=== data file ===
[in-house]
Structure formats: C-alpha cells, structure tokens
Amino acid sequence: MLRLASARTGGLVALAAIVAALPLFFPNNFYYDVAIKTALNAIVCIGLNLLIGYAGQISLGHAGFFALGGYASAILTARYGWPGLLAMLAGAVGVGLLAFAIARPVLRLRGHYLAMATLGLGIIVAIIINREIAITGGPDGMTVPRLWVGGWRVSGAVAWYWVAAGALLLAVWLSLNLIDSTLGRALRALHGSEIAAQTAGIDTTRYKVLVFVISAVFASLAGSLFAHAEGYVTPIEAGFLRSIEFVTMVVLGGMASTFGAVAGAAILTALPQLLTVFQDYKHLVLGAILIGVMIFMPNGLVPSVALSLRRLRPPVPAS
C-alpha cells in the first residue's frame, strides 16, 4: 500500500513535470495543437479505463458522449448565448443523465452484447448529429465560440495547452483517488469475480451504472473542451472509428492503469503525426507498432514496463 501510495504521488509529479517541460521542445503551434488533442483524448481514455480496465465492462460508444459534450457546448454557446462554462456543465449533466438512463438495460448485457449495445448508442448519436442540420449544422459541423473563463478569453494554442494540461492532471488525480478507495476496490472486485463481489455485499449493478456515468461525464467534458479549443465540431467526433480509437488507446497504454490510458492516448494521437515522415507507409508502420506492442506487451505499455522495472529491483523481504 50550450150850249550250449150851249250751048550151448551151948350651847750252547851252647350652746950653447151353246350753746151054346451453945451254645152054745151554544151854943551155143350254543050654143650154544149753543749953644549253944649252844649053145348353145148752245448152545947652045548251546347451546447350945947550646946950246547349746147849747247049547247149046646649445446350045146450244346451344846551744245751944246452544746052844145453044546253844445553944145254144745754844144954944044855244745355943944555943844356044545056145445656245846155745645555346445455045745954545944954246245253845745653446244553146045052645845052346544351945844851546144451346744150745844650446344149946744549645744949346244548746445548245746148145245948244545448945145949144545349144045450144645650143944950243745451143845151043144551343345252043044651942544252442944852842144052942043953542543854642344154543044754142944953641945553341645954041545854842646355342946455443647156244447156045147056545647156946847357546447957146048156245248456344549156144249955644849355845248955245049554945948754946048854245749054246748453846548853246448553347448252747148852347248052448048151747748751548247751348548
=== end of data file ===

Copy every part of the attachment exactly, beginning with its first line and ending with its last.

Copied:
[in-house]
Structure formats: C-alpha cells, structure tokens
Amino acid sequence: MLRLASARTGGLVALAAIVAALPLFFPNNFYYDVAIKTALNAIVCIGLNLLIGYAGQISLGHAGFFALGGYASAILTARYGWPGLLAMLAGAVGVGLLAFAIARPVLRLRGHYLAMATLGLGIIVAIIINREIAITGGPDGMTVPRLWVGGWRVSGAVAWYWVAAGALLLAVWLSLNLIDSTLGRALRALHGSEIAAQTAGIDTTRYKVLVFVISAVFASLAGSLFAHAEGYVTPIEAGFLRSIEFVTMVVLGGMASTFGAVAGAAILTALPQLLTVFQDYKHLVLGAILIGVMIFMPNGLVPSVALSLRRLRPPVPAS
C-alpha cells in the first residue's frame, strides 16, 4: 500500500513535470495543437479505463458522449448565448443523465452484447448529429465560440495547452483517488469475480451504472473542451472509428492503469503525426507498432514496463 501510495504521488509529479517541460521542445503551434488533442483524448481514455480496465465492462460508444459534450457546448454557446462554462456543465449533466438512463438495460448485457449495445448508442448519436442540420449544422459541423473563463478569453494554442494540461492532471488525480478507495476496490472486485463481489455485499449493478456515468461525464467534458479549443465540431467526433480509437488507446497504454490510458492516448494521437515522415507507409508502420506492442506487451505499455522495472529491483523481504 50550450150850249550250449150851249250751048550151448551151948350651847750252547851252647350652746950653447151353246350753746151054346451453945451254645152054745151554544151854943551155143350254543050654143650154544149753543749953644549253944649252844649053145348353145148752245448152545947652045548251546347451546447350945947550646946950246547349746147849747247049547247149046646649445446350045146450244346451344846551744245751944246452544746052844145453044546253844445553944145254144745754844144954944044855244745355943944555943844356044545056145445656245846155745645555346445455045745954545944954246245253845745653446244553146045052645845052346544351945844851546144451346744150745844650446344149946744549645744949346244548746445548245746148145245948244545448945145949144545349144045450144645650143944950243745451143845151043144551343345252043044651942544252442944852842144052942043953542543854642344154543044754142944953641945553341645954041545854842646355342946455443647156244447156045147056545647156946847357546447957146048156245248456344549156144249955644849355845248955245049554945948754946048854245749054246748453846548853246448553347448252747148852347248052448048151747748751548247751348548